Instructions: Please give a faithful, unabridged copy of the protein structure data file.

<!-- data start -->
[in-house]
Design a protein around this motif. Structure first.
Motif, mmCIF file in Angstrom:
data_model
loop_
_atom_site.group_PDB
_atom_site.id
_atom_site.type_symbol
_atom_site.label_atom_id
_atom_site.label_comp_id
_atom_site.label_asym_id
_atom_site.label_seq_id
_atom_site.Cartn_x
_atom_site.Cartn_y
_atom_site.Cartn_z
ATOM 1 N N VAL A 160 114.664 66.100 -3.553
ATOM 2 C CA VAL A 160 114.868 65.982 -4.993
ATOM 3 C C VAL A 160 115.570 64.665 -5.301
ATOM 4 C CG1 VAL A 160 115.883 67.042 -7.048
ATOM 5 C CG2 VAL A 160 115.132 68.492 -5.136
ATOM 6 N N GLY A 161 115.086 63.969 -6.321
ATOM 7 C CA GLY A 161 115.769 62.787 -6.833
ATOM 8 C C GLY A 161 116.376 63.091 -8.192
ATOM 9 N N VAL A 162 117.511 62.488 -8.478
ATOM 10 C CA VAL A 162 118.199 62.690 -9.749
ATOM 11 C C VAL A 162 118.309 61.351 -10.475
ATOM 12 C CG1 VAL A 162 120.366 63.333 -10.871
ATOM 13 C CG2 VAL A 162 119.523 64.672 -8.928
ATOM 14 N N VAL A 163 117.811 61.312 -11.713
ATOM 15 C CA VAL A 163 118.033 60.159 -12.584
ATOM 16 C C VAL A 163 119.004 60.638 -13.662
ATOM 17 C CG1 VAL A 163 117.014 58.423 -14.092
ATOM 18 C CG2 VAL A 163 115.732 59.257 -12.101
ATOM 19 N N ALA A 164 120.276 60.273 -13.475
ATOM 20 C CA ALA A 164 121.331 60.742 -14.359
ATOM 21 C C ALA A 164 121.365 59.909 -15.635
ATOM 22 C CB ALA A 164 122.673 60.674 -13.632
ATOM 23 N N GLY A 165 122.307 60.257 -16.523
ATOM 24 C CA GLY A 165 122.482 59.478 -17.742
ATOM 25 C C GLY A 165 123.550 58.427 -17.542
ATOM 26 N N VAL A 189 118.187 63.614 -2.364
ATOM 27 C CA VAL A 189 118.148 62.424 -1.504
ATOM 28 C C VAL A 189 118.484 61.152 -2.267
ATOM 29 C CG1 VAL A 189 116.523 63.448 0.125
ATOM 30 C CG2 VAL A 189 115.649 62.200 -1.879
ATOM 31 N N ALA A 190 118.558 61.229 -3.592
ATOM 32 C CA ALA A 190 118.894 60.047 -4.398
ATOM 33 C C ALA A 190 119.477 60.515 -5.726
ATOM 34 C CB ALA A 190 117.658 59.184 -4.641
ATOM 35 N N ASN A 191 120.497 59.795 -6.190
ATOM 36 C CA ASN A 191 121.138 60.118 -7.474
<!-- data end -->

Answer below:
[in-house]
Design a protein around this motif. Structure first.
Motif, mmCIF file in Angstrom:
data_model
loop_
_atom_site.group_PDB
_atom_site.id
_atom_site.type_symbol
_atom_site.label_atom_id
_atom_site.label_comp_id
_atom_site.label_asym_id
_atom_site.label_seq_id
_atom_site.Cartn_x
_atom_site.Cartn_y
_atom_site.Cartn_z
ATOM 1 N N VAL A 160 114.664 66.100 -3.553
ATOM 2 C CA VAL A 160 114.868 65.982 -4.993
ATOM 3 C C VAL A 160 115.570 64.665 -5.301
ATOM 4 C CG1 VAL A 160 115.883 67.042 -7.048
ATOM 5 C CG2 VAL A 160 115.132 68.492 -5.136
ATOM 6 N N GLY A 161 115.086 63.969 -6.321
ATOM 7 C CA GLY A 161 115.769 62.787 -6.833
ATOM 8 C C GLY A 161 116.376 63.091 -8.192
ATOM 9 N N VAL A 162 117.511 62.488 -8.478
ATOM 10 C CA VAL A 162 118.199 62.690 -9.749
ATOM 11 C C VAL A 162 118.309 61.351 -10.475
ATOM 12 C CG1 VAL A 162 120.366 63.333 -10.871
ATOM 13 C CG2 VAL A 162 119.523 64.672 -8.928
ATOM 14 N N VAL A 163 117.811 61.312 -11.713
ATOM 15 C CA VAL A 163 118.033 60.159 -12.584
ATOM 16 C C VAL A 163 119.004 60.638 -13.662
ATOM 17 C CG1 VAL A 163 117.014 58.423 -14.092
ATOM 18 C CG2 VAL A 163 115.732 59.257 -12.101
ATOM 19 N N ALA A 164 120.276 60.273 -13.475
ATOM 20 C CA ALA A 164 121.331 60.742 -14.359
ATOM 21 C C ALA A 164 121.365 59.909 -15.635
ATOM 22 C CB ALA A 164 122.673 60.674 -13.632
ATOM 23 N N GLY A 165 122.307 60.257 -16.523
ATOM 24 C CA GLY A 165 122.482 59.478 -17.742
ATOM 25 C C GLY A 165 123.550 58.427 -17.542
ATOM 26 N N VAL A 189 118.187 63.614 -2.364
ATOM 27 C CA VAL A 189 118.148 62.424 -1.504
ATOM 28 C C VAL A 189 118.484 61.152 -2.267
ATOM 29 C CG1 VAL A 189 116.523 63.448 0.125
ATOM 30 C CG2 VAL A 189 115.649 62.200 -1.879
ATOM 31 N N ALA A 190 118.558 61.229 -3.592
ATOM 32 C CA ALA A 190 118.894 60.047 -4.398
ATOM 33 C C ALA A 190 119.477 60.515 -5.726
ATOM 34 C CB ALA A 190 117.658 59.184 -4.641
ATOM 35 N N ASN A 191 120.497 59.795 -6.190
ATOM 36 C CA ASN A 191 121.138 60.118 -7.474